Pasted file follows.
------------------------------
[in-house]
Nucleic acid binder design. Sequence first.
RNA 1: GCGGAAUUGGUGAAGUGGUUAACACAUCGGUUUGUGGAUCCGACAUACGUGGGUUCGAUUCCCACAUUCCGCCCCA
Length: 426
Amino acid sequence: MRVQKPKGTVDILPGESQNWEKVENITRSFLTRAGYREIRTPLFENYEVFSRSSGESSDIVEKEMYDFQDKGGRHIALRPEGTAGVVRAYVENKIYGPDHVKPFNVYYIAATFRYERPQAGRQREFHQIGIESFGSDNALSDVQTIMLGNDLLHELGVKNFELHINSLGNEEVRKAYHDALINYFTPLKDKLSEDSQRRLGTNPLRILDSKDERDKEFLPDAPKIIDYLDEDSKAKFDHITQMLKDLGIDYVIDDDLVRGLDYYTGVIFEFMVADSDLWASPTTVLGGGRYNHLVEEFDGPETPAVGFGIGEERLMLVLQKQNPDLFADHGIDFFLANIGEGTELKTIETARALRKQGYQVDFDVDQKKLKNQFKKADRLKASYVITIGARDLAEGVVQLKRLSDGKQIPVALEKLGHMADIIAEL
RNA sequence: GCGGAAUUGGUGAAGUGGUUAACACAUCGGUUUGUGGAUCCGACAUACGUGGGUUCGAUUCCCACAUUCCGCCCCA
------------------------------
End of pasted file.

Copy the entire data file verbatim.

[in-house]
Nucleic acid binder design. Sequence first.
RNA 1: GCGGAAUUGGUGAAGUGGUUAACACAUCGGUUUGUGGAUCCGACAUACGUGGGUUCGAUUCCCACAUUCCGCCCCA
Length: 426
Amino acid sequence: MRVQKPKGTVDILPGESQNWEKVENITRSFLTRAGYREIRTPLFENYEVFSRSSGESSDIVEKEMYDFQDKGGRHIALRPEGTAGVVRAYVENKIYGPDHVKPFNVYYIAATFRYERPQAGRQREFHQIGIESFGSDNALSDVQTIMLGNDLLHELGVKNFELHINSLGNEEVRKAYHDALINYFTPLKDKLSEDSQRRLGTNPLRILDSKDERDKEFLPDAPKIIDYLDEDSKAKFDHITQMLKDLGIDYVIDDDLVRGLDYYTGVIFEFMVADSDLWASPTTVLGGGRYNHLVEEFDGPETPAVGFGIGEERLMLVLQKQNPDLFADHGIDFFLANIGEGTELKTIETARALRKQGYQVDFDVDQKKLKNQFKKADRLKASYVITIGARDLAEGVVQLKRLSDGKQIPVALEKLGHMADIIAEL
RNA sequence: GCGGAAUUGGUGAAGUGGUUAACACAUCGGUUUGUGGAUCCGACAUACGUGGGUUCGAUUCCCACAUUCCGCCCCA